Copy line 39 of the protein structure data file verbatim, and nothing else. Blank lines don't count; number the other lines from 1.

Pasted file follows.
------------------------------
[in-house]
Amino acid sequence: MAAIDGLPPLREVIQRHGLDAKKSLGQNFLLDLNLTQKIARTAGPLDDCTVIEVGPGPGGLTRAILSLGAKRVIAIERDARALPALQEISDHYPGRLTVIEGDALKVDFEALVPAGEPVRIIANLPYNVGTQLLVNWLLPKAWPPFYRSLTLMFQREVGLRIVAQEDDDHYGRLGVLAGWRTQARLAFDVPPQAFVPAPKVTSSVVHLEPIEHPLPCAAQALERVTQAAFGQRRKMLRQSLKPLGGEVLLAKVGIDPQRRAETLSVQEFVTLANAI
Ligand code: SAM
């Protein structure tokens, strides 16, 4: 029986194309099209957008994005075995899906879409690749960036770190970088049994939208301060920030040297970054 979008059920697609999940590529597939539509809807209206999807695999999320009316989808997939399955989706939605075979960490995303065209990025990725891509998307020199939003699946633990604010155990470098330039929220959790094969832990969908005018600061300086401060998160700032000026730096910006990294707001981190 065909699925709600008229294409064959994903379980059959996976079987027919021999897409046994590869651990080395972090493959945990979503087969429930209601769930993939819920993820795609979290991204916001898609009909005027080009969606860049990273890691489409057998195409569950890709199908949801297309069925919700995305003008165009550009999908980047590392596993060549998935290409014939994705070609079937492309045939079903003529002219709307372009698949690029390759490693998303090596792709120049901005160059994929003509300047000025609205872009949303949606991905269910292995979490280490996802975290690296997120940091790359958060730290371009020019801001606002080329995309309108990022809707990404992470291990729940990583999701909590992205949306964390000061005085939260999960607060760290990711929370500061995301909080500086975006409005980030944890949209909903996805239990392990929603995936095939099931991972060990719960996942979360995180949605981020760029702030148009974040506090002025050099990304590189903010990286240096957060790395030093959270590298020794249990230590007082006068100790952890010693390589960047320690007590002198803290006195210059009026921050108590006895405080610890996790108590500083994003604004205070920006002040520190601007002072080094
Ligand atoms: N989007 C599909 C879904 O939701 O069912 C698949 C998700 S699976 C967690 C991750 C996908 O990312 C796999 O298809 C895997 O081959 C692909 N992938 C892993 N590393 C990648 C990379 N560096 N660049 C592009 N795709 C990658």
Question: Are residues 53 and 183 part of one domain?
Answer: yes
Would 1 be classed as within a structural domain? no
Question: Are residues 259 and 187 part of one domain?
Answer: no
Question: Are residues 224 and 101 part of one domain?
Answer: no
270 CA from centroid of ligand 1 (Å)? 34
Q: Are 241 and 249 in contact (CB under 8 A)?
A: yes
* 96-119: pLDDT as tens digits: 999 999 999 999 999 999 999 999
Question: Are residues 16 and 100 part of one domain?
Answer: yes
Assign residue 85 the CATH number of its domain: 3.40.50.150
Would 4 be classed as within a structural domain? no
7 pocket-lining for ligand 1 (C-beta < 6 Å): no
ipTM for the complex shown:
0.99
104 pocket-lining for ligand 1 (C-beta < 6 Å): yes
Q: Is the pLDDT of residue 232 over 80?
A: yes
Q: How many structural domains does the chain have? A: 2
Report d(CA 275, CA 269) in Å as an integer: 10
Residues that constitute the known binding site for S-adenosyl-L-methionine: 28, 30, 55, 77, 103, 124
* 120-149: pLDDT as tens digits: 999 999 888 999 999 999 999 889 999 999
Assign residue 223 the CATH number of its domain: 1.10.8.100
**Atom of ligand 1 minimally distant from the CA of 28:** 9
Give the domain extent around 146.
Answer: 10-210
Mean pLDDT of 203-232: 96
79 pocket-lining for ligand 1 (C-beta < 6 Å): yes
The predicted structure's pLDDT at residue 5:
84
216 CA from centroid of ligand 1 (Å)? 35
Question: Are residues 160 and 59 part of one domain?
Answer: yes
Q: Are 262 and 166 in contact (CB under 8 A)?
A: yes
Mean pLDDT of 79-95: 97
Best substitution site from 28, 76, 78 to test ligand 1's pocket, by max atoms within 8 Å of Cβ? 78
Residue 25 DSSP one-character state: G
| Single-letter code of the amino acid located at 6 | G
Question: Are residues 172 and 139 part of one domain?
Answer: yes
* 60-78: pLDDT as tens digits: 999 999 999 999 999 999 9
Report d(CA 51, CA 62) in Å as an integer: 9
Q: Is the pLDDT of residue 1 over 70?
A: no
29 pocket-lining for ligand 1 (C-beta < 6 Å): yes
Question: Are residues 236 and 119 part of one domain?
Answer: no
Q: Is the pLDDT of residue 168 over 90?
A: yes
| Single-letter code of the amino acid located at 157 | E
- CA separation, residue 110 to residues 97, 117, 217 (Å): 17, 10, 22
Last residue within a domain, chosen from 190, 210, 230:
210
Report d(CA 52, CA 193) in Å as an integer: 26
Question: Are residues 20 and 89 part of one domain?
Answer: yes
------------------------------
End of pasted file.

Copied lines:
216 CA from centroid of ligand 1 (Å)? 35